L.L. v. Anthem Blue Cross Life and Health Ins., 2023 WL 2480053 (D. Utah 2023)
A group health plan participant sued the plan, its claims administrator, and her employer (as plan administrator) after the plan denied coverage for wilderness therapy for her daughter’s mental health issues and substance use disorder. The denial letter stated that the treatment was excluded under the plan as investigational and not medically necessary because there was not enough proof that wilderness therapy improves health outcomes. After multiple levels of external review, the participant sued under the Mental Health Parity and Addiction Equity Act (MHPAEA), arguing that the plan impermissibly excluded wilderness programs for mental health/substance use disorder (MH/SUD) benefits but not for analogous medical/surgical benefits. She also sought statutory penalties under ERISA for the claims administrator’s failure to produce requested plan documents. The employer and claims administrator asserted that the exclusion applied equally to all wilderness programs, whether intended to treat medical conditions or behavioral health disorders. And they sought dismissal of the claim for statutory penalties, arguing that only the designated plan administrator (here, the employer) can be held liable for statutory penalties, and the participant did not allege that she had requested documents from the employer.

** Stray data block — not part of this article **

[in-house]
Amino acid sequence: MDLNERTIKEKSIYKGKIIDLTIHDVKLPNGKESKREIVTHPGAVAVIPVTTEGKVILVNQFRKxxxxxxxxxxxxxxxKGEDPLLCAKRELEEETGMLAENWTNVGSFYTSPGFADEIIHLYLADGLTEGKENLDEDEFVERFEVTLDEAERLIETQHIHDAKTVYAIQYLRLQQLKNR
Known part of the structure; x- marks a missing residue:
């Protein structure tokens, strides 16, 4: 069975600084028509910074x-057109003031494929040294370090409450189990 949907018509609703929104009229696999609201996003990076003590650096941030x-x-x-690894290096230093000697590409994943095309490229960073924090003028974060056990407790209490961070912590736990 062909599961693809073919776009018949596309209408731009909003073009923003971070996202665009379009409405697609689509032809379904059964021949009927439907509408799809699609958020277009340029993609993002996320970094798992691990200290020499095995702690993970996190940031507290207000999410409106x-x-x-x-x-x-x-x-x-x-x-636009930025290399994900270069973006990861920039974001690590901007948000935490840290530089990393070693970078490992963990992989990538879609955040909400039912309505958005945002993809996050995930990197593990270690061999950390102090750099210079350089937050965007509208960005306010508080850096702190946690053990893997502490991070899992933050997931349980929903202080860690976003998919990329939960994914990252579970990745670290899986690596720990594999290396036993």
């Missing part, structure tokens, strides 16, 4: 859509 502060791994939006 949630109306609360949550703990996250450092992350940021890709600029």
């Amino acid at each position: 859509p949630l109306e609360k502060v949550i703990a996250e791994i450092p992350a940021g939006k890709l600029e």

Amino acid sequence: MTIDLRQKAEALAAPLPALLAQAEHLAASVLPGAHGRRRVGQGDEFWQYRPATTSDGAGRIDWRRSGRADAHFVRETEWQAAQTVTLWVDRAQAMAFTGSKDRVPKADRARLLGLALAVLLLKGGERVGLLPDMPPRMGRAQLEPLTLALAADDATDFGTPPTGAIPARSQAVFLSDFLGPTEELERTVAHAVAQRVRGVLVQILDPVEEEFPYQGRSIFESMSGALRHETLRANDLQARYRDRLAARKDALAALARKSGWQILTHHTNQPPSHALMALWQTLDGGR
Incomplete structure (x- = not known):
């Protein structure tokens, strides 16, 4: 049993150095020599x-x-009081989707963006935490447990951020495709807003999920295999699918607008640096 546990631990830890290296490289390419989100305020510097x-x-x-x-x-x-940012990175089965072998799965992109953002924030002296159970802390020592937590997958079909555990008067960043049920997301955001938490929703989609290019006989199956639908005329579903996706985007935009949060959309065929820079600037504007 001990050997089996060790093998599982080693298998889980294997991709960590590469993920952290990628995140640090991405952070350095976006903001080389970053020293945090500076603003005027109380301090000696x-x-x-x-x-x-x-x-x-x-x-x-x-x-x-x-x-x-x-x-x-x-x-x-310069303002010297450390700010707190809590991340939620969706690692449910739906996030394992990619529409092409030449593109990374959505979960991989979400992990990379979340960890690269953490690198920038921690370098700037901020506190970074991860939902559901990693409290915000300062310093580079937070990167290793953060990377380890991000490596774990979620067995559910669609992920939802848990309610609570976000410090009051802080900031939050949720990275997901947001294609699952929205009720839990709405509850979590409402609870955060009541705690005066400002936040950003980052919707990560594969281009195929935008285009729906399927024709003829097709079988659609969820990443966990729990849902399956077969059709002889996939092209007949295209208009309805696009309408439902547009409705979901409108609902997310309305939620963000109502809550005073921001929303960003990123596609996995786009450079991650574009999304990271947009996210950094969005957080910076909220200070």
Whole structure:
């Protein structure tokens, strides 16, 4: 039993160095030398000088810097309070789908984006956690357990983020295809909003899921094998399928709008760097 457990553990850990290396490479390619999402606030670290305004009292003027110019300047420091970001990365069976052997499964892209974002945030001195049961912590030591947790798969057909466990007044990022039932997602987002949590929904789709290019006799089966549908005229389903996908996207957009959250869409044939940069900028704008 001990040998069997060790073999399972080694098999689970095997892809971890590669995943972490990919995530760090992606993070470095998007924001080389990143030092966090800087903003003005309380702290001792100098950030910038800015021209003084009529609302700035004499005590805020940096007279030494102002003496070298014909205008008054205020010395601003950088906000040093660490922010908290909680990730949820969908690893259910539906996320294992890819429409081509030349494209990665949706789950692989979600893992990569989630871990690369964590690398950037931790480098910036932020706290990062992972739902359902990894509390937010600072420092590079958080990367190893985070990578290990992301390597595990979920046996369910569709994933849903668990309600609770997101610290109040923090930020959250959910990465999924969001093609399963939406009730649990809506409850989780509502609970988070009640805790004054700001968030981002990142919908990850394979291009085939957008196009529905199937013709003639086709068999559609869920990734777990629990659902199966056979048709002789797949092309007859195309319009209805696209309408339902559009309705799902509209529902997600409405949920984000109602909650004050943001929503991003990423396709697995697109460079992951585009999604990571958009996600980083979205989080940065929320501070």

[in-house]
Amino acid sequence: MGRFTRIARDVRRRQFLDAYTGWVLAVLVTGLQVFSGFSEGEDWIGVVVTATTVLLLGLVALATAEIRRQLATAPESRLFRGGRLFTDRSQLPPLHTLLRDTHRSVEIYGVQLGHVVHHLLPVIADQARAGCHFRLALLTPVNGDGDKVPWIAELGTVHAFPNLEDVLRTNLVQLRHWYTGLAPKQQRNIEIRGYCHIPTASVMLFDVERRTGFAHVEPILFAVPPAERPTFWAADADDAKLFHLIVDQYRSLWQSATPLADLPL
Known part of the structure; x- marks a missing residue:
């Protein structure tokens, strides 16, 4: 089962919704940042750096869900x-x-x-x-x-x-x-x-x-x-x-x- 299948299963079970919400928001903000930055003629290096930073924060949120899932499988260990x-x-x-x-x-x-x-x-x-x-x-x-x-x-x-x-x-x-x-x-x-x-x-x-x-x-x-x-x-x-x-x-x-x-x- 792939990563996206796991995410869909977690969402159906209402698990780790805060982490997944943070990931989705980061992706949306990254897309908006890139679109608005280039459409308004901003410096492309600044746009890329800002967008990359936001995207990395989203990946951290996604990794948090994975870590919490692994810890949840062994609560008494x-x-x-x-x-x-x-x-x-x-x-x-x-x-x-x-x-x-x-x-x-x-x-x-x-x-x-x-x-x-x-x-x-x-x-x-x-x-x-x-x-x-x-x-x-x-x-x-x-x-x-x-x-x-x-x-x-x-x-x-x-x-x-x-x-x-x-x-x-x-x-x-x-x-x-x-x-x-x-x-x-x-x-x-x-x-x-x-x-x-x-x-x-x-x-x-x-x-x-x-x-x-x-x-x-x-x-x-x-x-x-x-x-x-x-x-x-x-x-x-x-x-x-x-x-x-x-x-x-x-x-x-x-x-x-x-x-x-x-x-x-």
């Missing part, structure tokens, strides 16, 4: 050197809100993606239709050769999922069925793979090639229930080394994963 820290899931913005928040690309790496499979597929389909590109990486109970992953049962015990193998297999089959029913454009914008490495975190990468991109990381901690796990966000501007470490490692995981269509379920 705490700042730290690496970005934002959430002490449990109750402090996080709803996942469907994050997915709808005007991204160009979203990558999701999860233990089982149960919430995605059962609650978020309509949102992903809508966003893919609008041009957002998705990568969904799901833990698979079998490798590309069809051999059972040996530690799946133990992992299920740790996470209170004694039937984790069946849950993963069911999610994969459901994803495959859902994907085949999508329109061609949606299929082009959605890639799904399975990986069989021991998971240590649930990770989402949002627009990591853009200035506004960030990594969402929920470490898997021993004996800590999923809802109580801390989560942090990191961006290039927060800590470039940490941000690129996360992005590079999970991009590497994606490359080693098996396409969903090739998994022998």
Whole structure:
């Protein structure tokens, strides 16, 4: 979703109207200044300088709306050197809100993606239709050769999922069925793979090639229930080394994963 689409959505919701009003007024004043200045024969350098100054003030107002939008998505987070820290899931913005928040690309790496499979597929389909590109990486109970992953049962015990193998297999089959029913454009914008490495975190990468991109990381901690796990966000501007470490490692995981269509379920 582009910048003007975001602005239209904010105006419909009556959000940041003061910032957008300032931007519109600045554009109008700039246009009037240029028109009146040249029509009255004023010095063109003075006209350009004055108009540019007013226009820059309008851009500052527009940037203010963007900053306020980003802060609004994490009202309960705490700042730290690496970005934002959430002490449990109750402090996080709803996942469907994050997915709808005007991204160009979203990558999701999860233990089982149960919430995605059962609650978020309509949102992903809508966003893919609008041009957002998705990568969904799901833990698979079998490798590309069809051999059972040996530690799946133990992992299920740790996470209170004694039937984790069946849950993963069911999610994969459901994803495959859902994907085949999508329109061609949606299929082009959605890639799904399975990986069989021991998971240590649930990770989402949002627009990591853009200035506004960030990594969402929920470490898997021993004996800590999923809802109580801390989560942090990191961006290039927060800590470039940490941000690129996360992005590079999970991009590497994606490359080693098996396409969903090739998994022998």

Noting that a successful MHPAEA claim requires a participant to plead facts showing a disparity in the plan’s treatment of MH/SUD and medical/surgical benefits, the court concluded that the participant’s allegation was unsupported and contradicted plan language expressly applying the exclusion to both types of benefits. The court also dismissed the claim for statutory penalties, holding that neither the claims administrator nor the employer could be held liable where the participant made the document request to the claims administrator rather than to the employer as the designated plan administrator. A separate claim for recovery of benefits under ERISA (based on the participant’s arguments and evidence that wilderness programs are not investigational) was not contested and was allowed to proceed.
EBIA Comment: Wilderness therapy exclusions are a frequent target of litigation, with courts reaching different conclusions based on specific allegations (see, e.g., our Checkpoint article). Plan sponsors, administrators, and their advisors should pay particular attention to such exclusions, ensuring that they do not run afoul of the MHPAEA. In addition, exclusions of this type are considered nonquantitative treatment limitations (NQTLs) that must be addressed in a plan’s required NQTL comparative analyses (see our Checkpoint Question of the Week). For more information, see EBIA’s Group Health Plan Mandates manual at Sections IX.E (“Nonquantitative Treatment Limitations”) and IX.K (“Mental Health Parity: Table of Cases”). See also EBIA’s Self-Insured Health Plans manual at Section XIII.C.2 (“MHPA and MHPAEA: Mental Health Parity”).
Contributing Editors: EBIA Staff.